Mr. Smith: The pressure to produce a national-award winning magazine with a very limited budget and relatively small staff would, in itself, constitute a high-pressure environment in media, especially if future funding was uncertain, as stated in Genoways' essay on the dilemma of small university magazines. It doesn't matter whether or not GE owns the company. And perhaps you have seen that, on occasion, depressed people can be immensely self-destructive in their behavior, sometimes suffering beyond the help of friends who grow increasingly frustrated with difficult behaviors. Again this is no comment on Mr. Morrissey, because very few of us have observed the evolution of his long-time friendship and collaboration with Mr. Genoways.

The email Mr. Genoways sent out was (am I wrong?) explicitly meant to be confidential. Our discussion of it may be a violation of his privacy.

Two points for No Ax:

1. No staff members, to my knowledge, have accused Ted Genoways of causing Kevin Morrissey's death. They have focused on the way Genoways has long treated his staff and made specific allegations about what occurred in the last two weeks of Morrissey's life.

2. I don't argue that Weschler is "confused about Genoways' character" because I've never opined one way or the other on Genoways's character.

Genoways has been accused of mistreating his staff; his defenders have argued that this is not possible because he is a good person or he has been good to them. This is not an adequate response because a) it's possible to be a good person and still mistreat your staff; and b) it's possible to treat your freelance writers like they walk on water and still mistreat your staff.

Writing to express my sympathy for the VQR staff. How cold and cruel of U.Va. to bring Ted Genoways back from his leave of absence to finish the magazine after giving you the go-ahead and the time to complete what would have been Kevin's last issue. It has pulled the rug out from under you. Actions speak louder than words, as they say.

Seems to me that Ted Genoways was trying to create a paper trail of his own with this preposterous email, so he would have proof of Kevin Morrissey's "unacceptable demeanor in the workplace"; only problem is, Kevin didn't take the bait.

Seems UVa has become a model for the norm in the private sector as well...hire em for political reasons and ignore if they don't really have any management skills, tell the staff to "deal with it"... I highly agree with GingerQuill...given the millions that the "intern" and her daddy had, Genoways really didn't need VQR....don't understand what his delay was in departing with his newly found benefactor to create that "Magic Magazine".....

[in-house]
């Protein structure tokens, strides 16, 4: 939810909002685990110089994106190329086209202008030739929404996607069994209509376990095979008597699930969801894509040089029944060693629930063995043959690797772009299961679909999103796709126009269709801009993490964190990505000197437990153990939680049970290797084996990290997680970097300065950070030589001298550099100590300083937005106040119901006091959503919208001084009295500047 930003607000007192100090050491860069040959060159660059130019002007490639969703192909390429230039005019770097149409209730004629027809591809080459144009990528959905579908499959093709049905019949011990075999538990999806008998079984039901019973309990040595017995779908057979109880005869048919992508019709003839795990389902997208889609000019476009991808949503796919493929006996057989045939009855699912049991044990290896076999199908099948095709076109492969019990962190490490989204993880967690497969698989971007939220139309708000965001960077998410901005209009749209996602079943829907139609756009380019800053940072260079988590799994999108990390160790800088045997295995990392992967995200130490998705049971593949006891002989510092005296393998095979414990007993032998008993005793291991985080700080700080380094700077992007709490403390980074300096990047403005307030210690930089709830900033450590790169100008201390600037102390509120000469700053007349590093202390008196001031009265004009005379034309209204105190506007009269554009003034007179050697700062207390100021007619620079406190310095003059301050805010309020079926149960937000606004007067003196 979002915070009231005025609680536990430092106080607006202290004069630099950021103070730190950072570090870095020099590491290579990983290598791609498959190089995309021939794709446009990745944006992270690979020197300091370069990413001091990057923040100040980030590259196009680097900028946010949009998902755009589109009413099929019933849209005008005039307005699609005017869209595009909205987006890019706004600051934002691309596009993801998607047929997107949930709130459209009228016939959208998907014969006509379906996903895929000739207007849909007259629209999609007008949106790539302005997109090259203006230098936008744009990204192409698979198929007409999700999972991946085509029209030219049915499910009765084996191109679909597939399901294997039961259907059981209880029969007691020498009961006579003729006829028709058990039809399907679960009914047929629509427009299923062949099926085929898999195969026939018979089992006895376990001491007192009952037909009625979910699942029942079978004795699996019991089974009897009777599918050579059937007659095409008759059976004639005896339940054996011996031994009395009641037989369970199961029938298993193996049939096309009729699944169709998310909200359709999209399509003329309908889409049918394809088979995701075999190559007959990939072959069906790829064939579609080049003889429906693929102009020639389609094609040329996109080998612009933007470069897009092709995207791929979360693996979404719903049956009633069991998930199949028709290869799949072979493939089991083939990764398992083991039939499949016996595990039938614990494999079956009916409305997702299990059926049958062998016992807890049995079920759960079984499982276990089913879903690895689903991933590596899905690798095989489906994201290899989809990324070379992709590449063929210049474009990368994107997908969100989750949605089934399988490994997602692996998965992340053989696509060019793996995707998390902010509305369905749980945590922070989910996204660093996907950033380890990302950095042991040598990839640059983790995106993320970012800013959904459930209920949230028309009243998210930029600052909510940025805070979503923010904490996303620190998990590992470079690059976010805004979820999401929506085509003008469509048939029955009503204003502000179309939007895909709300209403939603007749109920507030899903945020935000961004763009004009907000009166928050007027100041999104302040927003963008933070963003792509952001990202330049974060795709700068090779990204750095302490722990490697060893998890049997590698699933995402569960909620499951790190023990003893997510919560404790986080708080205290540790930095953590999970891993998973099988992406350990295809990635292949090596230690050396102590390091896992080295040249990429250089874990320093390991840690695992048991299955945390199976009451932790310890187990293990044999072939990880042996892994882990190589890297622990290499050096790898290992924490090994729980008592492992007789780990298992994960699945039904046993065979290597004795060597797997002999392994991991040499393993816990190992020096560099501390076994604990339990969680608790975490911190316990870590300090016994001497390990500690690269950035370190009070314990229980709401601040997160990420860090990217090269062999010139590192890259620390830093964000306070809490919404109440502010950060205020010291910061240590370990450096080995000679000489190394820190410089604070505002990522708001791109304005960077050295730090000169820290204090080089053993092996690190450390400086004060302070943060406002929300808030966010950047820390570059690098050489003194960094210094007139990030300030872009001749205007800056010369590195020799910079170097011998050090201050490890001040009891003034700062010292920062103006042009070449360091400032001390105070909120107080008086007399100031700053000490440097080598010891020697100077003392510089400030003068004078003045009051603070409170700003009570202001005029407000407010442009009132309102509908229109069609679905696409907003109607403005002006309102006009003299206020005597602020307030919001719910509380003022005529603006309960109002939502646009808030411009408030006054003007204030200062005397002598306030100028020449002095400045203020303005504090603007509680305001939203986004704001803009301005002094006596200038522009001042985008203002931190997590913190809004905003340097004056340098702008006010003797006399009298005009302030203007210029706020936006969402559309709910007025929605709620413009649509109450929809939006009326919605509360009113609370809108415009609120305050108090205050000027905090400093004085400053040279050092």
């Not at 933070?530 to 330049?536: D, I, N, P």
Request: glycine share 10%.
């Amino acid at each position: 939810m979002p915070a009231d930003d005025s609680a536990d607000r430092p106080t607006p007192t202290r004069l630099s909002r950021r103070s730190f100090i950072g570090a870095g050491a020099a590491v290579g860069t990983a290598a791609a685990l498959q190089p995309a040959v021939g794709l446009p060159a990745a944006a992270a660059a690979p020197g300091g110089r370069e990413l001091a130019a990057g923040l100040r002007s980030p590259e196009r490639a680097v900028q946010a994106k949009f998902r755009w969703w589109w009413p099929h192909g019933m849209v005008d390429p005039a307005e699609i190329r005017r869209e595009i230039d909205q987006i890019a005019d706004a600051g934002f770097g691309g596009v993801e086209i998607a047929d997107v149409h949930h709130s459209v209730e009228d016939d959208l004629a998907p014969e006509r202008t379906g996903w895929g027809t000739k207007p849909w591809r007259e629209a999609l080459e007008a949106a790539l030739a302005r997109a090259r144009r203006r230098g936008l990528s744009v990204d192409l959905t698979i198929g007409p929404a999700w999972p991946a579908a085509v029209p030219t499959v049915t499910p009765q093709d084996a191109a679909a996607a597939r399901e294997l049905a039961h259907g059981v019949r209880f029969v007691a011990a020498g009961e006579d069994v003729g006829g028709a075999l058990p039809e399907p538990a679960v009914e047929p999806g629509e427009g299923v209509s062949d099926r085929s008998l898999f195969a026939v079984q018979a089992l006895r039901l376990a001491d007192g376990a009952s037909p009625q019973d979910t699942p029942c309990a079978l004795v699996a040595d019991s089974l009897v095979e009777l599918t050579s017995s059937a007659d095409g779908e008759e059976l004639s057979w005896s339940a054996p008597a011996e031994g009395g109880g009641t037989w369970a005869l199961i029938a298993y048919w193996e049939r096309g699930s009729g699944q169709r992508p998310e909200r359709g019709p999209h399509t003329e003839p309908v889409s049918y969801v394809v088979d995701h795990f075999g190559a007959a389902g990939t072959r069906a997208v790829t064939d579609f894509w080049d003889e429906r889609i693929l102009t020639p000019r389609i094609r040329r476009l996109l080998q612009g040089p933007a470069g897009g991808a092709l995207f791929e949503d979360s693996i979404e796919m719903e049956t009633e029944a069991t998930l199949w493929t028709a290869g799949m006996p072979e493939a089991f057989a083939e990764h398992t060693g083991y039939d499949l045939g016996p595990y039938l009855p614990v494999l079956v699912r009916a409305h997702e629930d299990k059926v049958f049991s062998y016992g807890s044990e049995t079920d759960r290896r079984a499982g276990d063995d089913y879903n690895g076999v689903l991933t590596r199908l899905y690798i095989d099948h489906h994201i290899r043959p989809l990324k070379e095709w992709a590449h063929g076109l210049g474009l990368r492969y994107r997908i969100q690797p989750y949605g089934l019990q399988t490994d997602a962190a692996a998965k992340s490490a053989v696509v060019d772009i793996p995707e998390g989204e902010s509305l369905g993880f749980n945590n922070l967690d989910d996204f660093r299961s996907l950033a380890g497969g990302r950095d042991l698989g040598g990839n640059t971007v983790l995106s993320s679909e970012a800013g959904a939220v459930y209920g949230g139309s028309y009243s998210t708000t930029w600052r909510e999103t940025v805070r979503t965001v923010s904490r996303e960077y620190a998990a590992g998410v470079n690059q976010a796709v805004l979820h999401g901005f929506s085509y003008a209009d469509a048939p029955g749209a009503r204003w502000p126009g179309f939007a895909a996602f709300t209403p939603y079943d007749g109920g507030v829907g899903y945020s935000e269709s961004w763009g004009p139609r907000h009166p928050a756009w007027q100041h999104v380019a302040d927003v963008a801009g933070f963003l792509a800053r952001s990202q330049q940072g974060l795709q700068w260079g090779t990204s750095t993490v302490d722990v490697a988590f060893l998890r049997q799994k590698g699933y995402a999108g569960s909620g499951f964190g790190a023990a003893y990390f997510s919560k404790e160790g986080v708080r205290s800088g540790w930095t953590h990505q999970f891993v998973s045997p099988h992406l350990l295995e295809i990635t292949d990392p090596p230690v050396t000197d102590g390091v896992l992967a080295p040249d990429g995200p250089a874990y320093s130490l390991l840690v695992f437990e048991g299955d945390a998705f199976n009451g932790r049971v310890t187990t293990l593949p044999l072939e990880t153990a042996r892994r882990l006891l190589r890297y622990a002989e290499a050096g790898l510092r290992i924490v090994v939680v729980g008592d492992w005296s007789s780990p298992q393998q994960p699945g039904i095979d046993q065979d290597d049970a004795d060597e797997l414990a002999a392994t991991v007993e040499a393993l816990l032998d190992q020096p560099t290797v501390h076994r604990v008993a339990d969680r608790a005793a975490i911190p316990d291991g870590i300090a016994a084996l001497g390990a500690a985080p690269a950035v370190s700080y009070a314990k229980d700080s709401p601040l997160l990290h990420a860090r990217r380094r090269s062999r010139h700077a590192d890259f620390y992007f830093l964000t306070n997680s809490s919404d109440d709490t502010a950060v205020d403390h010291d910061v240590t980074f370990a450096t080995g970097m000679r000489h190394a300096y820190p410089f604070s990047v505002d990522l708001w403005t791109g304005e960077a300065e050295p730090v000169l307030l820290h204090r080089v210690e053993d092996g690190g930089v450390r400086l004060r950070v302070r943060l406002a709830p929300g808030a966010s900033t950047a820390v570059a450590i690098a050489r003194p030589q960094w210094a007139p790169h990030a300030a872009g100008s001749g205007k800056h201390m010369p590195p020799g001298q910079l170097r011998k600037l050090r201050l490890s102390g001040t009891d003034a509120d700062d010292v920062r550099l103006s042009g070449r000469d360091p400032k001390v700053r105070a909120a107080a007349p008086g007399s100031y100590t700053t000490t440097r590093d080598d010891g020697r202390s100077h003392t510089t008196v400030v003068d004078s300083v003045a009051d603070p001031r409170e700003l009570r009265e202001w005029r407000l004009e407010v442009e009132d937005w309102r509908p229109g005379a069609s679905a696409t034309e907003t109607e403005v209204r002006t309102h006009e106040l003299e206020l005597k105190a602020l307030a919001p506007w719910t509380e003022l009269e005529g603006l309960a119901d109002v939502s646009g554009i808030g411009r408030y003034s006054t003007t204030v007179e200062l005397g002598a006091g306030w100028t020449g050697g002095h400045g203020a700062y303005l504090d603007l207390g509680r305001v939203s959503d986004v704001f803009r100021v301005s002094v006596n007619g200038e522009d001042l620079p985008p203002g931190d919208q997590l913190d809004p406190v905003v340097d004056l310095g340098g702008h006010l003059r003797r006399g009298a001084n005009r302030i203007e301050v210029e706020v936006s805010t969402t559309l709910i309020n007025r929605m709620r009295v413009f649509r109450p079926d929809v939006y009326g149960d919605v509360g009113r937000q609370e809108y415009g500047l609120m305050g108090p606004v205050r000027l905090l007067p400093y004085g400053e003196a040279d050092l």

UFA who: It sounds to me that your bully has done a number on you. Here's wishing you strength at work and peace at home. And I agree. There should be a law. The Virginia workplace is no picnic. It is a battleground.

@Carolyn

What does this mean:

"May I just say that Laurie Casteen has shown her very nasty shadow."

In response to abc123:

"Those who have suffered bullying:
with honesty, and to the extent that you can share your story, write your legislators about protective legislation; and consider supporting such groups as NAMI that support collective action on behalf of persons with mental illness; and find out why organizations don’t want to hear you, or put barriers in your way to be heard, and find supporters to help you challenges that inhumanity and injustice, so that others after you won’t be so harmed..."

It's been 4 years since I went on disability, quitting the management job I loved when the bullying became so intense I feared the next suicide attempt would be for real. I endured monthly Electro Convulsive Therapy treatments, 15 hospitalizations in 6 years, multiple medications and weekly therapy trying to deal with both my illness and the work situation. I stayed in bed for a year after I quit work. It's taken another 3 years to develop somewhat of a healthy life again. I'm just now able to think about advocating for depression and those of us who deal with it. There's no way I could have done it at the time. I just know I couldn't get help at the time from anyone I turned to -- HR, union reps, the university physician, deans, etc. Thank you for your awareness of this illness and for so passionately wanting things to be better.

And a comment for BK:
It's not as complicated as you want to make it. Kevin suffered deeply from depression, which wrecks havoc on rational thinking. None of us can climb into KM's head and know his final justifications for his decision, but having been down that road several times, I can tell you that he was in THE PIT, as I call it. It's a very dark, sad, lonely, inescapable place where rational thought as you would define it does not exist. What I do know for sure, is that suicide offers an end to the torturous pain of depression. Deep depression is like a bad dream that never ends. It alters our perceptions of ourselves and the world, and causes unbelievable suffering. Is that complicated enough for you?

See front-page coverage in today's New York Times online edition:

http://www.nytimes.com/2010/09/11/books/11quarterly.html?_r=1